WSCC Media Relations
You give Bruce Tenison a problem to figure out and he’ll work on it until he’s discovered how to fix it.
As the director of eLearning and the Advanced Visualization Center (AVC) at Wallace State Community College, that tenacity pays off not only for Wallace State, but for other institutions as well.
When the old Web CT learning management program was no longer available for use after a buyout by Blackboard, instructors lost a convenient way to check messages sent by students in their classes.
“They would have to go into every one of their courses and check their inbox, which was a time-consuming task,” Tenison said of the results. “So I wrote the My Messages building block, to provide a window into all the messages for all the courses they’re enrolled. They click on it and go right into it.”
Word got out, and several colleges and universities asked Tenison for his building block, including Valencia College in Orlando, Fla., the University of Tennessee and California State University, Chico.
“A lot of people said it was a lifesaver because as they transitioned from Web CT to Blackboard, their faculty were up in arms because they don’t have this particular feature,” he said.
Tenison sees projects like those as goodwill projects, plus it fulfills that need to fix things.
“I’m such a geek,” he said. “I like to code, I like to program. It’s a puzzle.”
Tenison’s ability to solve puzzles came naturally to him, much to the amusement – and sometimes astonishment - of his parents. The Bay Minette, Ala., native said one of the stories his late parents used to love to tell about him involved the family’s first computer purchase back in 1984.
“We spent I think $500 on a machine,” he said of that first Tandy computer. “And for us that was a lot of money.”
About a week after buying it, Tenison said he needed to know how it worked.
“I was playing with it and my mom came into the room and I had every component…pulled out and spread all over the carpet,” Tenison recalled. “She went back into the dining room and everybody said her face was completely white and she said, ‘You’re not going to believe what he’s done. He’s taken the whole thing apart.’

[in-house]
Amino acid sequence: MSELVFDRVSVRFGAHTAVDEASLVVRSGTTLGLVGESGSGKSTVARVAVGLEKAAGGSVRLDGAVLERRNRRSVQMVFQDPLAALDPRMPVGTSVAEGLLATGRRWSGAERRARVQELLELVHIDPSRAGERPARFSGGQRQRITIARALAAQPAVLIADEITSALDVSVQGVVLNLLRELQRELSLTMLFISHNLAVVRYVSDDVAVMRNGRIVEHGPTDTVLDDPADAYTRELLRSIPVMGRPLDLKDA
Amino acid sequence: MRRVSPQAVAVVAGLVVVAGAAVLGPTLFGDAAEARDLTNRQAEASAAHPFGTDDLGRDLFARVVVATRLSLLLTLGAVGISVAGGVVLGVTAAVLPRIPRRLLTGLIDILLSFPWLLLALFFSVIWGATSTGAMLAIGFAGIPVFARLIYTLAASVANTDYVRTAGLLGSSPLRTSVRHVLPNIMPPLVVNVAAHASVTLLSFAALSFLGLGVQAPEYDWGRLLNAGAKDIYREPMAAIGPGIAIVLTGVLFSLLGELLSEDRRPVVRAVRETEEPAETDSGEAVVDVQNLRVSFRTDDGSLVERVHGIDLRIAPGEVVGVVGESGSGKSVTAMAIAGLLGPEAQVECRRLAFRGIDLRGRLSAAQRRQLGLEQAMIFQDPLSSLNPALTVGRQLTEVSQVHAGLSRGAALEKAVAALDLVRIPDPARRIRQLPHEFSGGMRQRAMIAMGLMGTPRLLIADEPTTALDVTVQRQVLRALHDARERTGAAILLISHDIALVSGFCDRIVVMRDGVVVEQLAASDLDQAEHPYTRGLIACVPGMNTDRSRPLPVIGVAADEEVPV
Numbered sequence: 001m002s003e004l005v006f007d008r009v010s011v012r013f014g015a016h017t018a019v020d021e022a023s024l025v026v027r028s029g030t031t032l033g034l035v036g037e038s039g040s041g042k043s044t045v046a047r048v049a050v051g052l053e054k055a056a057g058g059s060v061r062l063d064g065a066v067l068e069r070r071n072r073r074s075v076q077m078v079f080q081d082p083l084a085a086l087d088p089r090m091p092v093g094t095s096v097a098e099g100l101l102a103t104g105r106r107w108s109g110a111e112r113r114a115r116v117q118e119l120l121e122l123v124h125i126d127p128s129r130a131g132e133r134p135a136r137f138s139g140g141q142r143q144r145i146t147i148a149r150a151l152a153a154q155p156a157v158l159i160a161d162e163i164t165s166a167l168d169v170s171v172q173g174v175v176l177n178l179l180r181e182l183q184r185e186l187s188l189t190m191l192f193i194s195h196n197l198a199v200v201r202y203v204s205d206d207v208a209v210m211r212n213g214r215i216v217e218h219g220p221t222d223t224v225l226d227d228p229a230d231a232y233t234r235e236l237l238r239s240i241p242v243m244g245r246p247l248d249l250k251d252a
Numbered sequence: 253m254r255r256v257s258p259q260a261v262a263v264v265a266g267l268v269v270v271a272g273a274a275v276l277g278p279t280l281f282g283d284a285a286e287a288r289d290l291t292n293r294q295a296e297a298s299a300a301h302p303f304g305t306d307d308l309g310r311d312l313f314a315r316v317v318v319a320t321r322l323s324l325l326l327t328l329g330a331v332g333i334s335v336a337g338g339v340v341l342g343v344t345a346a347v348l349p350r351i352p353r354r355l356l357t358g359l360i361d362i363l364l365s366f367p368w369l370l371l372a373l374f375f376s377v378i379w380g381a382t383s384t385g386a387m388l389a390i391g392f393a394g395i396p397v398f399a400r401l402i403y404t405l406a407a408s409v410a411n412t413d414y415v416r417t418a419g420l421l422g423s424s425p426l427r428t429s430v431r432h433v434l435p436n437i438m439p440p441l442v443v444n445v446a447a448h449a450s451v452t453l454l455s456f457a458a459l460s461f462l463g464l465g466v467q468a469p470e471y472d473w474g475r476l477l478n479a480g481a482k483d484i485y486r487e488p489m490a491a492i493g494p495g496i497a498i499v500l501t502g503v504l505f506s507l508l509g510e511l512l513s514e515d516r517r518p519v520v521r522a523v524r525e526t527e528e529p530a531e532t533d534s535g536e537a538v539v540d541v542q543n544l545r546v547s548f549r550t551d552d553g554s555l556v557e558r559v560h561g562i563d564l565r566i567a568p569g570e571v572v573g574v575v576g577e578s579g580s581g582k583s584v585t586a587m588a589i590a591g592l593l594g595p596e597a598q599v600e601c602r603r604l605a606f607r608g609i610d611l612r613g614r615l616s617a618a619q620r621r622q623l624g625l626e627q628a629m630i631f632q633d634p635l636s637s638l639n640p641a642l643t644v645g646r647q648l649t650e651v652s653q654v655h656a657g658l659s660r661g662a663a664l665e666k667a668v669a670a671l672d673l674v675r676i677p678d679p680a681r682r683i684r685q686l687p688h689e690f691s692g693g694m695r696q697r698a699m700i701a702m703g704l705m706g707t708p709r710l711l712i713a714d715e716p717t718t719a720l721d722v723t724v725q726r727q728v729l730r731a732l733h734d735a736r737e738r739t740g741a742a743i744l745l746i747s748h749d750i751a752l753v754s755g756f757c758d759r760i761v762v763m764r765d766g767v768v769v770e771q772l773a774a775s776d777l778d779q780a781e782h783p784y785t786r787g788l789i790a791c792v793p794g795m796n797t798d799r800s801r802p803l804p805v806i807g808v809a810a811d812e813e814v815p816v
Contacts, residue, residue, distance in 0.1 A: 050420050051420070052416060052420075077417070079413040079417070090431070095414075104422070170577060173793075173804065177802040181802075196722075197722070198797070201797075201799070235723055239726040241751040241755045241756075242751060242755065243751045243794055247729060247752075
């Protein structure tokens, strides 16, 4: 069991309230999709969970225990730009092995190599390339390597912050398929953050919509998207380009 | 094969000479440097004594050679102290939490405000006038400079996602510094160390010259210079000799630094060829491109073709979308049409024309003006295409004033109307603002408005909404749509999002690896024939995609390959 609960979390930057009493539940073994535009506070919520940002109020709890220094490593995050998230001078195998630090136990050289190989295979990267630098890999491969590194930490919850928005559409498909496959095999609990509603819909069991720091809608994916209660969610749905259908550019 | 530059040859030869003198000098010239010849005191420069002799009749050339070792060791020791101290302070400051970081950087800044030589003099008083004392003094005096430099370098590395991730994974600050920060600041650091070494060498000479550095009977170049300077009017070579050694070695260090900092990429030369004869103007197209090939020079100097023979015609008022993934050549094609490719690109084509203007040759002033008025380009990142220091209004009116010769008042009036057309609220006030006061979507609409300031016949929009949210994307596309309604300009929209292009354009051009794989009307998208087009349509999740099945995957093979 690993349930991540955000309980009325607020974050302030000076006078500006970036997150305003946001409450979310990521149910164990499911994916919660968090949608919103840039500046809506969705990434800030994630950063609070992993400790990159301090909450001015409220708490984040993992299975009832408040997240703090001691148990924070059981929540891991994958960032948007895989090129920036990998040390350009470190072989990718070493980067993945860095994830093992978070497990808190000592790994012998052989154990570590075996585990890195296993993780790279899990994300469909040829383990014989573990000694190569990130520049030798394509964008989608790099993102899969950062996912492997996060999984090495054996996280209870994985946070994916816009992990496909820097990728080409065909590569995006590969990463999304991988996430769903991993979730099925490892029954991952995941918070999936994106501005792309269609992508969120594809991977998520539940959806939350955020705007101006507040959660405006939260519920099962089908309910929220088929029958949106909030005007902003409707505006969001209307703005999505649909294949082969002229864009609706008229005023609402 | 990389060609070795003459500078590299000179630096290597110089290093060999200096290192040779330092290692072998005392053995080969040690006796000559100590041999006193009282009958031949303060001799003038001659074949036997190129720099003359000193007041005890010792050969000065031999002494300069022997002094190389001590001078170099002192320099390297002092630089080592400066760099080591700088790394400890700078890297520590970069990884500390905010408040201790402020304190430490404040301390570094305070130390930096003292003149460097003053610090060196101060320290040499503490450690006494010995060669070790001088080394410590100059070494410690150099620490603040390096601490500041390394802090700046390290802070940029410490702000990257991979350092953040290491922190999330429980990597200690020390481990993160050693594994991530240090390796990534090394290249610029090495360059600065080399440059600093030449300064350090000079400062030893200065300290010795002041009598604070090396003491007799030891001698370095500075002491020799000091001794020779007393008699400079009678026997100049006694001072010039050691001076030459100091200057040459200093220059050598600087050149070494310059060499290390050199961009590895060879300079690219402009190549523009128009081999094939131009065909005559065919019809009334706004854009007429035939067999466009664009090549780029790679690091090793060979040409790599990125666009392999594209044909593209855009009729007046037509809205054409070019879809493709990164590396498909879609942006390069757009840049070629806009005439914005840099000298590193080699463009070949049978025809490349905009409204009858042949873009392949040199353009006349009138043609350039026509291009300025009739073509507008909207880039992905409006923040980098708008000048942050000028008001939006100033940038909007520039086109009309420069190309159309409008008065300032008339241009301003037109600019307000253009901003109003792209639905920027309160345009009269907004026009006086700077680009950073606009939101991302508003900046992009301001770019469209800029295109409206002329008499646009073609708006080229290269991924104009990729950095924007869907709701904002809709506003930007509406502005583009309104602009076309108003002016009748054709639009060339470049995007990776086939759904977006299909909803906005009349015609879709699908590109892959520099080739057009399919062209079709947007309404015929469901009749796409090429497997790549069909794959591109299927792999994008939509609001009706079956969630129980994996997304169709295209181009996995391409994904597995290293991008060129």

“By that afternoon I had it back together and running,” Tenison said.
That was the beginning of his work with computers. A few years later he was accepted into the Electrical Engineering program at Auburn University, where he earned a bachelor’s and master’s degree.
After leaving Auburn, he was hired at Reid State Technical College where he advanced from instructor in industrial electronics to department chair for the computer science program. He then joined the staff of WSCC as the director of campus technology after moving to Birmingham, before taking the job as director of eLearning and AVC.
As director of AVC, he helps instructors utilize three-dimensional and stereoscopic imaging into their curriculum. It provides students with a “hands-on” lesson but without using any actual materials and without the risk of damaging expensive equipment.
For example, in a welding class the student can use 3D imagery to complete a virtual welding project.
“If they damaged the equipment virtually, they just hit the reset button and start over,” Tenison said.
With the AVC department off to a solid start, Tenison’s talent for fixing things and the college’s recent migration to the SunGuard Banner administrative software system has meant, most recently, that the IT department has come back under his leadership as well. One thing is certain – he’ll never be bored.
"Wallace State, long ago, earned a reputation for hiring the best of the best. Bruce Tenison has been a wonderfully creative and innovative addition to the Wallace State faculty tapestry," said Wallace State President Vicki Hawsey.